Labour would buy private land for housing, Twyford says
Labour's housing spokesperson Phil Twyford says Labour's KiwiBuild policy would see townhouses, flats and apartments on sale for under $500,000 — cheaper than National's expanded Crown Building programme announced mid-week, which will aim to provide "affordable" homes at a $650,000 pricepoint.
He also revealed a Labour Government would be willing to buy private land if it had to.
"We are going to work with the council, we are going to work with Ngāti Whātua, we are going to work with other investors, and if necessary we are going to buy private land to develop," he told The Nation.
"We've committed $2 billion to kick-start KiwiBuild and we're going to establish an affordable housing authority to act as an urban development agency.
"We'll put capital into get it started, but it's going to manage the Crown's entire urban land holdings. It will use that balance sheet to buy land and develop land with other partners."
On Tuesday Social Housing Minister Amy Adams announced a plan for the government to build 34,000 new homes in Auckland as part of the Crown Building Project.
But Mr Twyford says only about 2000 homes in the proposal will likely be deemed affordable, by the Government's current definition of $650,000.
"Is 650,000 affordable? That's the government's definition of affordability and the reason they use it is because that's the threshold for people who get a Home Start subsidy. By definition, if they need a government subsidy to buy a $650,000 house, I don't think it is affordable.
"We're going to build large urban development projects - many of them around the railway network in Auckland. Places like Henderson, Manukau, Mt Wellington, Onehunga, Panmure, Avondale.
"Auckland Council's already done much of the work on this. Their development agency Panuku has already identified all of those sites as being appropriate for development."
Prime Minister Bill English says the government's priority is those most in need of housing.
"Then we've got the opportunity to flex just how many are market houses, how many are built at lower prices and therefore more readily available at lower incomes," he says.
"As we work our way through this, we'll see how the market goes, where the prices are, because as you can see in Auckland, the house prices are flattening, some cases falling. In another two or three years when we have met our social housing needs, which are pretty important first, we'll see what the situation is then."
Meanwhile, back in the real world
Earlier this week, AUT construction management professor John Tookey told NBR that making more land available for housing would not help. Developers only ever drip-feed new homes onto the market to artificially constrain supply.
“Imagine Toyota got an additional million tonnes of sheet steel dumped outside one of its factories at zero cost,” he says.
It would not see more cars constructed. Toyota would want to protect its margin. And regardless, there is more to making a car than supplying steel, just as there is much more to creating a new subdivision than freeing up land.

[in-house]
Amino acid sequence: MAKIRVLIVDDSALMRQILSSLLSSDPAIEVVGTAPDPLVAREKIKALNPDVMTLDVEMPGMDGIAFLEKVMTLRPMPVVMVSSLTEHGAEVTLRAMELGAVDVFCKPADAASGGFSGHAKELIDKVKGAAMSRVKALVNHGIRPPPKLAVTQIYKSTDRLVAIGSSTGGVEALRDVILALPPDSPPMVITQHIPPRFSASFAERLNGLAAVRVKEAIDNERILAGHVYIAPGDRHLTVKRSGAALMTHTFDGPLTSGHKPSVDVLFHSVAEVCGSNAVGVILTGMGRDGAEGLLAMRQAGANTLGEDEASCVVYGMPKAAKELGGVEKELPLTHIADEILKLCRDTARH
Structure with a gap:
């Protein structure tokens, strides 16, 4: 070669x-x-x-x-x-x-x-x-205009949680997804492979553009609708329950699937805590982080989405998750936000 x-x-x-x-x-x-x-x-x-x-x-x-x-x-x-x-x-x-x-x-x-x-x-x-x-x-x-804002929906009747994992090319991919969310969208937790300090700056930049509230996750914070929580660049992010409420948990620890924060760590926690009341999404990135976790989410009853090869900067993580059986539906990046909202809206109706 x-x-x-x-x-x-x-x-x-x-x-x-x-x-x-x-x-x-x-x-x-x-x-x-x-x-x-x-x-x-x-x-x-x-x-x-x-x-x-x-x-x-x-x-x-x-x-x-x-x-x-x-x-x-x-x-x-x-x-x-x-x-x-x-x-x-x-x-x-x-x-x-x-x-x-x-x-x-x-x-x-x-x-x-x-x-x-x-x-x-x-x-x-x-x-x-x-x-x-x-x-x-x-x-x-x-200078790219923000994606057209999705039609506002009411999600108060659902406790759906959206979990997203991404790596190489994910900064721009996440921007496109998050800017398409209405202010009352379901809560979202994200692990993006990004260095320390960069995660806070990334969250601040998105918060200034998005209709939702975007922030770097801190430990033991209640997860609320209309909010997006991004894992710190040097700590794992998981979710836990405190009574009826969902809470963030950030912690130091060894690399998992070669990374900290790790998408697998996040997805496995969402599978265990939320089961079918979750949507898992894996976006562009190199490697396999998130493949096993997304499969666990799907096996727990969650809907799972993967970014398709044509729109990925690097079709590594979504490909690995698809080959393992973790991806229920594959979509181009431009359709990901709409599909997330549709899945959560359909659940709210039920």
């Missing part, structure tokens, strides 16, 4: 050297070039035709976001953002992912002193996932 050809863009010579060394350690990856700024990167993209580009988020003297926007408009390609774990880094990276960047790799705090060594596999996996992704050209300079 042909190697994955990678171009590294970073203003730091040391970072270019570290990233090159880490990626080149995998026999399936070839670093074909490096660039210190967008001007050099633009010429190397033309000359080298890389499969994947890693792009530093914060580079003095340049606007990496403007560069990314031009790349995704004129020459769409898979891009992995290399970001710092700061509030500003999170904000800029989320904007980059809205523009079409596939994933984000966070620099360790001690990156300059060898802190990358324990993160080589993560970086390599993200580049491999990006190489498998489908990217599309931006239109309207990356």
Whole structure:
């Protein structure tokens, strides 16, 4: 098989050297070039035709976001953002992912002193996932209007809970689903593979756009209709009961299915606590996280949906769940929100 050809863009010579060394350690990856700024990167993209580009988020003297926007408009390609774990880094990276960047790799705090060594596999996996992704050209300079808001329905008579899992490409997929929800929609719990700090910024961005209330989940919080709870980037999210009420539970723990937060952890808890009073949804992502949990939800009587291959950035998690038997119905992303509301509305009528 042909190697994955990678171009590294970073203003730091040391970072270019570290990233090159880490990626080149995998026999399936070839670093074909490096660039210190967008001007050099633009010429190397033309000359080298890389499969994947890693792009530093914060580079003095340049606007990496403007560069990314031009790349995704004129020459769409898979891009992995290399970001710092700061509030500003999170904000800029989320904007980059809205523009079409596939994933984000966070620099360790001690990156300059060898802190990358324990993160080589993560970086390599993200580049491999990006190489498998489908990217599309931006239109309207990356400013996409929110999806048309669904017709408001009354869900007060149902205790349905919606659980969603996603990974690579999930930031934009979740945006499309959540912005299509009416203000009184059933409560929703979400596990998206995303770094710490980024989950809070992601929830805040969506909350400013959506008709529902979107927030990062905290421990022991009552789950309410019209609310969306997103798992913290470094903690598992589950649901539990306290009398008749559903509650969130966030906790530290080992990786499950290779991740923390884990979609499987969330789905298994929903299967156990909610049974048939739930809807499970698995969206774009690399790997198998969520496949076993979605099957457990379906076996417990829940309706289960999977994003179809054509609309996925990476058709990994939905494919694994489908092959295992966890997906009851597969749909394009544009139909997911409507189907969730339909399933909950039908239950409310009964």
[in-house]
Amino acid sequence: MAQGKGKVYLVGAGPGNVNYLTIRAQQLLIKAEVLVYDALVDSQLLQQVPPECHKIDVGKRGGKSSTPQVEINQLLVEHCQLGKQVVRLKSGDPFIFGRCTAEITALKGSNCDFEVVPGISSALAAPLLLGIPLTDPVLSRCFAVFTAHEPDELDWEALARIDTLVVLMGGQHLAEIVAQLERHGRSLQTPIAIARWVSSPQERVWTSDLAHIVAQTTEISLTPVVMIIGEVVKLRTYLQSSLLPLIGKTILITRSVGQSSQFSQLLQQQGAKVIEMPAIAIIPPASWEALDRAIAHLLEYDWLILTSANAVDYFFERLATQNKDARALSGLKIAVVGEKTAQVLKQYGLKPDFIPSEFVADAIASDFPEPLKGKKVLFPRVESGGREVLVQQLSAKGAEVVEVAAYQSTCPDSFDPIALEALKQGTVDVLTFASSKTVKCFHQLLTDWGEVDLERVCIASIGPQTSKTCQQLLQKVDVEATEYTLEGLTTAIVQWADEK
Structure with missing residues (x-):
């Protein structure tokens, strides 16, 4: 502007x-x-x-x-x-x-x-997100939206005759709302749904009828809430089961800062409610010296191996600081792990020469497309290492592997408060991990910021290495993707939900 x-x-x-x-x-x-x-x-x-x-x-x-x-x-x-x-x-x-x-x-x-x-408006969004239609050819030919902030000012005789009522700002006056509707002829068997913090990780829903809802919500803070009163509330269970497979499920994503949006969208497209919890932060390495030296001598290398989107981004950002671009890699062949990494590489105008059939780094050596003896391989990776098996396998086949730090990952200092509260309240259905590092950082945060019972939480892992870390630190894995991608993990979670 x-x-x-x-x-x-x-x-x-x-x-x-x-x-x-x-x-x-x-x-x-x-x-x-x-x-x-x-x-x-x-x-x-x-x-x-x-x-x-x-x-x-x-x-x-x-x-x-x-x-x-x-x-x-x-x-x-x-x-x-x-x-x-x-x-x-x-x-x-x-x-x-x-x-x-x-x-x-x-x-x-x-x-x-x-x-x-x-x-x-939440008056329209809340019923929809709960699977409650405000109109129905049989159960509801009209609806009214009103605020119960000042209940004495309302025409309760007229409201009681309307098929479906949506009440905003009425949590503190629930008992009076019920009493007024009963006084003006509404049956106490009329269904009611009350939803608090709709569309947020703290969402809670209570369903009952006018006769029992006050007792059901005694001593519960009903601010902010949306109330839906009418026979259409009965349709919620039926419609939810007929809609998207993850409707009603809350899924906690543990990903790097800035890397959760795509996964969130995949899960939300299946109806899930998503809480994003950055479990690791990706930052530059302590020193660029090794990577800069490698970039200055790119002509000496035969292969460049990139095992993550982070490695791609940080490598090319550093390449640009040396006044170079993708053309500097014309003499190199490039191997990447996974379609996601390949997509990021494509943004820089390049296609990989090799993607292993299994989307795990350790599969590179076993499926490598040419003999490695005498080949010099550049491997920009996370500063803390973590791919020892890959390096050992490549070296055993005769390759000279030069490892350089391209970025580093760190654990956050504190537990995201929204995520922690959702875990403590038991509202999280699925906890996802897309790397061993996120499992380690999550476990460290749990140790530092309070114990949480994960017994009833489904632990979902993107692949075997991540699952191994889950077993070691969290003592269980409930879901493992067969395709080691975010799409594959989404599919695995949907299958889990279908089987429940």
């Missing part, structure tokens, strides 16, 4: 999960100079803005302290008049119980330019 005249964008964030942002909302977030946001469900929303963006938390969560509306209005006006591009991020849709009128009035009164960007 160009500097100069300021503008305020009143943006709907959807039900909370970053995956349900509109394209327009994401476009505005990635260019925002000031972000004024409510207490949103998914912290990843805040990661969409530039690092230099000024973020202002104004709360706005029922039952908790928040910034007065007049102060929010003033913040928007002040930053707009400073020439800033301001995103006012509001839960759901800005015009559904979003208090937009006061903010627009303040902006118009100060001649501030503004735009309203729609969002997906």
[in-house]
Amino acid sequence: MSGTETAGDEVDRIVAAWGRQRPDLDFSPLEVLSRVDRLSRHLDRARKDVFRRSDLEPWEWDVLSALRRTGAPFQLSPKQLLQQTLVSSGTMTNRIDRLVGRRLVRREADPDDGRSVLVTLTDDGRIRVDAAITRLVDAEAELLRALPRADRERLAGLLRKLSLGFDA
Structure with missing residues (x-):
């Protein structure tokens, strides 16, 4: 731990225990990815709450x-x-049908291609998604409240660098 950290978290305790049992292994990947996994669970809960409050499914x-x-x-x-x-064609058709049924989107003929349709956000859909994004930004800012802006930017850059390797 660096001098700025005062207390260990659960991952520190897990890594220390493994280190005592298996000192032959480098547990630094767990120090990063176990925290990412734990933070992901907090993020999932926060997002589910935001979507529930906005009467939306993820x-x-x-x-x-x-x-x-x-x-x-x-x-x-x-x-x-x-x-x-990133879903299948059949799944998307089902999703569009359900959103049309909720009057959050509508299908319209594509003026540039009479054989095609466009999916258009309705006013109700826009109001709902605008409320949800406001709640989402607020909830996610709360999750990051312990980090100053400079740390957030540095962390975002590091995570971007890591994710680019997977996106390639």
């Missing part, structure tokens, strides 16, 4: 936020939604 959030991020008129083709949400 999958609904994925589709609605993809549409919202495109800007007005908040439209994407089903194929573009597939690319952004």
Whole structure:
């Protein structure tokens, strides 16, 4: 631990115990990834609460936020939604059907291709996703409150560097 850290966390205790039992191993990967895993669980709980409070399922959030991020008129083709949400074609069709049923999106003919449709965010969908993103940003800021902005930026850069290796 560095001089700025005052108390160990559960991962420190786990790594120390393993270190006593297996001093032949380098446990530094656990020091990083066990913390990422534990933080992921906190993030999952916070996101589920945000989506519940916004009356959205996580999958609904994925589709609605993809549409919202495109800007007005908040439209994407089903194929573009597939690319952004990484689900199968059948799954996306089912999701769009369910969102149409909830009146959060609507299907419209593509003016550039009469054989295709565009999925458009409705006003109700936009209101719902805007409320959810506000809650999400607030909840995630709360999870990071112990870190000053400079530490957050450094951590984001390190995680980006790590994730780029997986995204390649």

He said one way to get ahead of the market was for the government more state houses.
National duly delivered with its Crown Building Programme to build.
But in a follow-up interview after Nation's policy was unveiled, Mr Tookey called the plan to build 34,000 new homes "tokenism."
He said 2400 new homes a year in Auckland on top of current activity would represent a 25% increase in output for construction industry was already closed to maxed out, with large and small builders were unwilling to invest in new capacity least they get caught out by a down-cycle (and Prof Tookey says it is inevitable the Auckland housing bubble will deflate; the only question is whether it will be a slow hiss or something more violent).
The AUT man says new building has broadly kept up with immigration. He sees a constraint on homes available for first-time buyers caused by Boomers hoovering up properties to rent. His favoured solution is a mix of carrot and stick tax initiatives to draw Boomers out of the rental market, then keep them on the sidelines — including allowing property investors to avoid a capital gains tax if they shifted profits from a rental property sale to a KiwiSaver account.
Prof Tookey says off-site building of pre-fabricated, repeatable designs would be one way to meet government's targets. However, he saw the industry as too inert, conservative and risk-averse to add this capacity.
He added that efforts to recruit offshore would be problematic. Builders working on a 6% to 7% margin would be loath to go through the expensive process of recruiting overseas. The jobs would not necessarily be that well paid, and the likes of Fletcher Building would be asking potential immigrants to move to one of the most expensive housing markets in the world, relative to income.